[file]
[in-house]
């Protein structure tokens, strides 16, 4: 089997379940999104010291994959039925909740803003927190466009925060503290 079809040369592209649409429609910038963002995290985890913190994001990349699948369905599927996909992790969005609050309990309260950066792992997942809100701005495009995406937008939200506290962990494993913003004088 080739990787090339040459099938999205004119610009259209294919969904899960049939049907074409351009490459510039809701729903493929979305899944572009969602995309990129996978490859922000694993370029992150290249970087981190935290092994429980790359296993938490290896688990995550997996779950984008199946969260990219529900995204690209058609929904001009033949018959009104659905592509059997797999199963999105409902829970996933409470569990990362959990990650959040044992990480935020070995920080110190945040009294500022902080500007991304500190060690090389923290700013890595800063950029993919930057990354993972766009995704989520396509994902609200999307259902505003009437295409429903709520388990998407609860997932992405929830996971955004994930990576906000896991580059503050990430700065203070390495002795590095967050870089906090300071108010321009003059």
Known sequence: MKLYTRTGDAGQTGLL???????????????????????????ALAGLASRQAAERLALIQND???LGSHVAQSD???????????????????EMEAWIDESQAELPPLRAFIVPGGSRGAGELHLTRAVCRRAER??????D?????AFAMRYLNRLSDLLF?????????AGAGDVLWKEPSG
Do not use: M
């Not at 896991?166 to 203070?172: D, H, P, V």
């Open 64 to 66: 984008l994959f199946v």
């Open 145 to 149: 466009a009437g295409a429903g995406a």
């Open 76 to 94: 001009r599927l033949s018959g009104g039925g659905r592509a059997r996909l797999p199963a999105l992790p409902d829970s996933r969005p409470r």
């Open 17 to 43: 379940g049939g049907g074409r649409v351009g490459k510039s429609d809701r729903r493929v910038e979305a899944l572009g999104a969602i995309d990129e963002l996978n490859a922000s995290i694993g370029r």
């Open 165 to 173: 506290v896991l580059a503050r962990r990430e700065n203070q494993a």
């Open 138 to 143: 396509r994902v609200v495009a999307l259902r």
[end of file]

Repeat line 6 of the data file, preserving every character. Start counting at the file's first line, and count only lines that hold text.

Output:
């Open 64 to 66: 984008l994959f199946v």